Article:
According to Nerd Wallet, the national average rate is approximately 0.06 percent, but online savings accounts can reach even higher than one percent. Online banks are able to pass along more savings to their customers because they are saving on the overhead of maintaining brick-and-mortar locations. If having a physical location isn’t on your list of must-haves for choosing a bank, an online-only option might be a good choice to help you get more out of your money.
Also, if a savings account alone doesn’t offer the interest you would expect, consider choosing a bank that also offers a flexible money market account. The interest rates are generally higher than a traditional savings account, but they will also have higher minimum balances. Money market accounts are designed for your money to grow while you sit back and watch. These types of accounts are significantly better for individuals who do not need access to these funds on a regular basis.
Is Online the Right Option?
Are you a people person or do you go out of your way to avoid face-to-face interactions? The biggest disadvantage of an online bank is the lack of access to real people in a tangible location. While online banks do offer customer service support through phone calls and live chats, it still isn’t quite the same as a sit-down meeting with a representative. When you’re trying to decide which bank to choose, online banks do offer a number of advantages.
Choosing a bank that is online gives greater flexibility in the hours and method you use to manage your money. You can bank anywhere, anytime with access to an online bank. Depositing checks and making transfers doesn’t have to happen solely during business hours. Alternatively, there are many larger banks that offer these features through their mobile or online apps as well.
The biggest drawback to an online bank is the lack of access to ATMs. Before you choose an account, be sure to inquire where the closest fee-free ATMs would be. Many times, they are only near or well within urban areas. If you frequently withdraw cash from the bank, you may rack up fees fairly quickly for ATM use.
TIME magazine recommends doing a little bit of research to find out how long it takes to reach an actual customer service representative on an online bank’s phone line. While many items may be able to be taken care of via an automated machine, one of the biggest things you can do to choose the right bank is make sure you have access to support when and where you need it most.
If you prefer to do all of your banking in one location, you’ll want to research what additional products are available before choosing a bank. Evaluate the bank’s options on things like car loans, mortgage loans, home equity lines of credit, retirement accounts or CDs. Compare its interest rates and terms with other banks in the area to see how it stacks up before deciding what bank to choose.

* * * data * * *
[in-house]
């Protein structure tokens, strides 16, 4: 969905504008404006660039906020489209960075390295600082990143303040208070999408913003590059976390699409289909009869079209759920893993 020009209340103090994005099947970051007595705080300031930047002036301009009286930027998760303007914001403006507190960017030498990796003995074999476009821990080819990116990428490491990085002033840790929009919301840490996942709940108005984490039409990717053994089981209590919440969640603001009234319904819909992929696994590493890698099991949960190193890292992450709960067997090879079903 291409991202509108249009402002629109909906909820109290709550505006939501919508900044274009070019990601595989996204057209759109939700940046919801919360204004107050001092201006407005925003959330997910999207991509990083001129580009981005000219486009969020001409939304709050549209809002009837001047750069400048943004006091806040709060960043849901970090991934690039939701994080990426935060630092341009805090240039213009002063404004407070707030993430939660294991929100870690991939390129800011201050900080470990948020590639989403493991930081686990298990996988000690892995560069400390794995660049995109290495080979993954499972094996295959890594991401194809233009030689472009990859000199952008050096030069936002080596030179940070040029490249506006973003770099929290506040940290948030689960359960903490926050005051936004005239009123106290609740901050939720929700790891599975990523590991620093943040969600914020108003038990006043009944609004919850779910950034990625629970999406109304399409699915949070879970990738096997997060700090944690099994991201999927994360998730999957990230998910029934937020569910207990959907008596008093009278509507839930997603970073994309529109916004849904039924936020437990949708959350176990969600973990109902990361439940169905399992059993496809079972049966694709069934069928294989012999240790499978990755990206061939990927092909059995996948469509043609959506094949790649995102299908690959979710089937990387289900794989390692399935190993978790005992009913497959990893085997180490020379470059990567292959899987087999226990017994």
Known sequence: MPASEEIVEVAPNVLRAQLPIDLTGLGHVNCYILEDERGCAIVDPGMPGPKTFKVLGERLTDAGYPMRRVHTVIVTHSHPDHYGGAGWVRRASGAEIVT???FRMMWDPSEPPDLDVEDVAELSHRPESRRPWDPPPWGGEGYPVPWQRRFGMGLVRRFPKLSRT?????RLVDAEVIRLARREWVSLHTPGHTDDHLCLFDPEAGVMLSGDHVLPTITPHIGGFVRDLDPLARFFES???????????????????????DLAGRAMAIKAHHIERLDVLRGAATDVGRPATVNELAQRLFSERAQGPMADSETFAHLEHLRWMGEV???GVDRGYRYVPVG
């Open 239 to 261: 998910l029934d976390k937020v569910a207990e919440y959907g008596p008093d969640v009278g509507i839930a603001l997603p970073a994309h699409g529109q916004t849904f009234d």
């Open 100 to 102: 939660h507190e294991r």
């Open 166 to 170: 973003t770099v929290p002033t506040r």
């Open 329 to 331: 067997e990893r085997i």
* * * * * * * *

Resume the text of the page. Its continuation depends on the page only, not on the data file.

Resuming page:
Take a good look at a bank’s credit card offerings as well. You’ll want to examine a number of things from this aspect, including its interest rates. If you typically carry a balance, you want to make sure that there is a reasonable interest rate with a low APR.
Rewards programs are also beneficial, as they can help your money to grow without any work on your part. Choose an account with a rewards card that gives you the type of rewards you would want to see: cashback, reduction of your credit card statement, travel points or the ability to shop through one of its stores or sponsors.
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Mix and Match
Don’t forget that you may find aspects of several different banks appealing. A larger institution might be better for your checking account because of the spread of its ATMs and physical locations while an online bank might be better-suited for your savings account. As long as you don’t mind having several institutions involved, it might be easier to choose the right bank for each item on your list. Nerd Wallet’s guide to how to choose a bank recommends mixing and matching the services available as best suits your needs.
Particularly when it comes to other financial products, other banks may compete for your business by offering lower interest rates or better terms on loans and mortgages. There’s nothing wrong with mixing it up as long as you can keep track of where your money is located.
Which bank should I choose? It’s a question that most of us have faced at some point in our lives.
Whether it’s time to make a switch from our current bank, we’re moving to a new area that forces our hand or we’re starting fresh, learning how to choose a bank and, more importantly, how to choose the right bank are important skills to have.
Especially in this day and age, when there are so many options available for choosing a bank, you need to arm yourself with the knowledge of what’s out there.
Evaluate each bank’s insurance, location, fees, additional products, and customer service to choose the right bank for your needs each and every time. Whether you choose to go with a well-known financial institution, a smaller local bank, a credit union or an online-only bank, feel confident knowing that you know how to choose a bank with wisdom and financial acumen.